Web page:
Number of Cruises: 6
Cruise Line: Holland America
Sailing Date: December 20th, 2001
Itinerary: Wayfarer (southern caribbean)
My wife and I, along with another couple have sailed on a 10-day cruise on the Zaandam between Dec. 10 and 20, 2001. Our ages range from 43 to 51. Both couples are childless and married 23 and 19 years respectively. This was our 6th cruise. We have cruised on Norwegian Cruise Lines, Royal Caribbean International, Celebrity Cruise Lines previously. Our wives work at for the same employer and all of us get along well enough to travel together, live to repeat the process and look forward to our next cruise together. From what I hear, that is quite an accomplishment in itself.
We had made our travel arrangements through our travel agent. We had arranged for a 3-day pre-cruise stay and a 2-day post-cruise stay in Fort Lauderdale. Documentation we had received from Holland America Lines (HAL) indicated boarding would begin around 2:30 PM and that was fine with us. Boarding and debarkation were quite straightforward and went on without any difficulties.
This is not the first time I post a review on the Internet after a cruise. A copy of this is also being sent to HAL for their information. I believe in balancing these reviews; no ship is all good, nor is any ship all bad. I will endeavor to cover both extremes of that spectrum.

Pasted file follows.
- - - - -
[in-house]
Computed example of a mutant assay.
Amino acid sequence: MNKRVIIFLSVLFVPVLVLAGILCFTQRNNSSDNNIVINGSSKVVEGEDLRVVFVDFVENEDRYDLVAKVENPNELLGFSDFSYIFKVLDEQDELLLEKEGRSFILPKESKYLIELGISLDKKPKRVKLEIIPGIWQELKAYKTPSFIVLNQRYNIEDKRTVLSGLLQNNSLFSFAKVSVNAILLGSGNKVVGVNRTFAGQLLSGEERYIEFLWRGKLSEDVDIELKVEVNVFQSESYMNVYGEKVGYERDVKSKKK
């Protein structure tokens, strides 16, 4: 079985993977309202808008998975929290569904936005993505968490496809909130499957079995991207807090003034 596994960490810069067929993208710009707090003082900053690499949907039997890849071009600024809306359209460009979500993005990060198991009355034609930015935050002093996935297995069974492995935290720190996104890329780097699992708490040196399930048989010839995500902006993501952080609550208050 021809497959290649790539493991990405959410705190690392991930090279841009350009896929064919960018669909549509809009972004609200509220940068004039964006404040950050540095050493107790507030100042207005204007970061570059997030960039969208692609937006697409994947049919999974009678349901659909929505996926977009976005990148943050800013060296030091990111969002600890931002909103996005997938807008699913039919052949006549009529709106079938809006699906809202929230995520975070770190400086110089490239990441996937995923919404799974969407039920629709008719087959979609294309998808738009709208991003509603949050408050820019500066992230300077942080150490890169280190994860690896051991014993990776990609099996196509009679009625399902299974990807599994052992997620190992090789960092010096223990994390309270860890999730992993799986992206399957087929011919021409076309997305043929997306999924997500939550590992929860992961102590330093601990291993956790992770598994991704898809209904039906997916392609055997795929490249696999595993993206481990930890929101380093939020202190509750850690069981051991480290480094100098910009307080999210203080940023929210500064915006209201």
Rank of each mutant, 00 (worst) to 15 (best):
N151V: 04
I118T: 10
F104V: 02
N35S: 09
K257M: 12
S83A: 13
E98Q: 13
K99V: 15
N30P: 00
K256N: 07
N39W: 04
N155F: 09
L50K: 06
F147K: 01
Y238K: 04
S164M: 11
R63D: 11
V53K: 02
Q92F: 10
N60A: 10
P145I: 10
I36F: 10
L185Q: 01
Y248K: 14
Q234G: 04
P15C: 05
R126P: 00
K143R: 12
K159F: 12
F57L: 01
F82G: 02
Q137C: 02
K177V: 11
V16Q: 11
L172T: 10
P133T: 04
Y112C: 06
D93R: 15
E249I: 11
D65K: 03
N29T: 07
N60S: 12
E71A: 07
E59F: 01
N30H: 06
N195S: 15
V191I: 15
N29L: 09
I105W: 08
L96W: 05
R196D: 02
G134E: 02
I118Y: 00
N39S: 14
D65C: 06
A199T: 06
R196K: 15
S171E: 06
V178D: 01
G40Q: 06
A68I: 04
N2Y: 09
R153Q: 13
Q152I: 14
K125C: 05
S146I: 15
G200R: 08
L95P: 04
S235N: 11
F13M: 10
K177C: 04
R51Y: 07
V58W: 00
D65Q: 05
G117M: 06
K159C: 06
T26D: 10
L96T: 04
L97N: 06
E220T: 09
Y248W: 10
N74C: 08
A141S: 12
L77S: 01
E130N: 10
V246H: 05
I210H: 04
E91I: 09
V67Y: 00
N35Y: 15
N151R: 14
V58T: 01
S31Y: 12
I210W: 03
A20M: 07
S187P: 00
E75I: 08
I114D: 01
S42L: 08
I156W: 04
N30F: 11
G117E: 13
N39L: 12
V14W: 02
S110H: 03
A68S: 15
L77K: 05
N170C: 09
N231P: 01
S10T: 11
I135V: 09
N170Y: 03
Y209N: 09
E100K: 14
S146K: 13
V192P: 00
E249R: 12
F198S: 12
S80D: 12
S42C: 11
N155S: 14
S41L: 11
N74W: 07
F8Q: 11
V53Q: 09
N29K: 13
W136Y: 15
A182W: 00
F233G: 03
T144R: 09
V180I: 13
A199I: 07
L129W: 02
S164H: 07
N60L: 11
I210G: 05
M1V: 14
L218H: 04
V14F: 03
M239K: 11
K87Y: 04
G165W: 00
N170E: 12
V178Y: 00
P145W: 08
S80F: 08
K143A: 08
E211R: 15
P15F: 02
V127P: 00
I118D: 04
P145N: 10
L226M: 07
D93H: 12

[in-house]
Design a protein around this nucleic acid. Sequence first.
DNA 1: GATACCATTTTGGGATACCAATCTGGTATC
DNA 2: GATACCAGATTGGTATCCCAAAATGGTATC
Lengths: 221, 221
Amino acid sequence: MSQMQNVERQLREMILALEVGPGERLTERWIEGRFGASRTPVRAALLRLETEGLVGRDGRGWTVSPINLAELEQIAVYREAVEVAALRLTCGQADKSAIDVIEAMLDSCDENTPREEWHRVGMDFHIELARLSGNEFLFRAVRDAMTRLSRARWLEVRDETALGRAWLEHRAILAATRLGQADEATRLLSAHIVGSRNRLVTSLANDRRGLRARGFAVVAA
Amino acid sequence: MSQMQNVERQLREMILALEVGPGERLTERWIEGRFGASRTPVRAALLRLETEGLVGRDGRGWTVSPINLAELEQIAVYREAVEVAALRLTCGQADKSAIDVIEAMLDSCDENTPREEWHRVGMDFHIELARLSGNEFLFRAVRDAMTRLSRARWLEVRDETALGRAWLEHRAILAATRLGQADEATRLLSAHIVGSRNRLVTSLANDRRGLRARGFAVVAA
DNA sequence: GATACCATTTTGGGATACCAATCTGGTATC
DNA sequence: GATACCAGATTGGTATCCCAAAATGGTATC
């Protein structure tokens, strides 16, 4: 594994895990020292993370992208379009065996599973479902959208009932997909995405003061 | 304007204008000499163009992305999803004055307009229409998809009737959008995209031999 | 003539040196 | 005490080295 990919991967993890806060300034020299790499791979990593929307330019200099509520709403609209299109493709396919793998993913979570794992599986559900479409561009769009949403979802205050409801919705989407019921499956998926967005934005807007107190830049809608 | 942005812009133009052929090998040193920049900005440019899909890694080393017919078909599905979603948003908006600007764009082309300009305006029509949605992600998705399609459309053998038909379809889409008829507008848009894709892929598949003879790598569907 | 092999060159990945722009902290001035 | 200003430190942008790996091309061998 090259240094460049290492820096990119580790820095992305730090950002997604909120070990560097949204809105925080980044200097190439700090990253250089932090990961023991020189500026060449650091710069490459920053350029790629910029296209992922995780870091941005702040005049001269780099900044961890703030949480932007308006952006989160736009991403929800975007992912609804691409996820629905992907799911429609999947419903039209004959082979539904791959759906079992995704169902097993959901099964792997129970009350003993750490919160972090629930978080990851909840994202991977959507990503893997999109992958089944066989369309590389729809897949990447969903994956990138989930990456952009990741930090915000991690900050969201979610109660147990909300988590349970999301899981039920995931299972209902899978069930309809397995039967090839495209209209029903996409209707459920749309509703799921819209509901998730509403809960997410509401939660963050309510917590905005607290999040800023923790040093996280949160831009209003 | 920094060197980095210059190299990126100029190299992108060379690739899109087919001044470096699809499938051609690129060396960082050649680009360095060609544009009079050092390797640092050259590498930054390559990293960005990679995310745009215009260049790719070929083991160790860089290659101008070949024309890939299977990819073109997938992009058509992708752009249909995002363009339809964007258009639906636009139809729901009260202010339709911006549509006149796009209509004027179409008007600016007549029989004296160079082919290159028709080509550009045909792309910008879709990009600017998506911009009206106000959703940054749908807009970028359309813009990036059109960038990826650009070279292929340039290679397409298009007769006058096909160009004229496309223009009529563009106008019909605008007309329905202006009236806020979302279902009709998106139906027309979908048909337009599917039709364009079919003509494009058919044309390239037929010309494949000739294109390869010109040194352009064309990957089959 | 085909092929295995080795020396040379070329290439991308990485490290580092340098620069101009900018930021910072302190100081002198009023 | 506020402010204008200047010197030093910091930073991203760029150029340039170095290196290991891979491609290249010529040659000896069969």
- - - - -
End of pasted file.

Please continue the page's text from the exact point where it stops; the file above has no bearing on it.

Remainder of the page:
The ship came out of Fincantieri shipyards in April 2000. Her public rooms are luxurious and appointed in an a quiet, understated kind of way. Nowhere is the ship garishly decorated. One finds museum-quality antiques and reproductions at every corner and their art collection is truly nice. Live plants, bonsai and huge cut-flower bouquets are found everywhere in the ship’s public rooms, hallways and staircases. The Zaandam’s elevators are quick and plentiful. The ship is ultra-clean from top to bottom, bow to stern.
We were disappointed in the ship’s handling at sea. Waves out there were usually less than 4 feet high. One day, they registered at 4 to 6 feet; by no means heavy seas. The ship pitches and rolls slightly as is expected (and normal) of any sailing vessel. However, the ship would regularly experience a sharp vertical jolt. She would also shake as if we were experiencing an earthquake. We have used our video camera to document that fact in the dining room, using our filled water glasses. This earthquake would last for sometimes up to a minute, go away for a bit and start all over again. We asked around and no one could explain this phenomenon.
The Zaandam’s theme is music and one hears live music everywhere in the lounges in the evenings. One major disappointment was the pipe organ that stands in the foyer (decks 3, 4 and 5 forward). We had ordered the Zaandam’s preview video from HAL and we had marveled at that pipe organ. We had envisioned sitting somewhere nearby while someone played it. As it turns out, the whole thing is a monumental fake. It is constructed of cardboard tubes and plaster. Its rudimentary single keyboard could be purchased at Radio Shack for under $100. It is a sculpture, as opposed to a musical instrument of grand proportions. We enquired at the purser’s desk and were told no one plays it, even though there plenty of musicians on board. In lieu of live performances, synthetic, nosey, cheap electronic organ music is piped in through the ship’s music system in that area. That monstrosity has got to go. This is one area where HAL goofed big-time, make no mistake about it.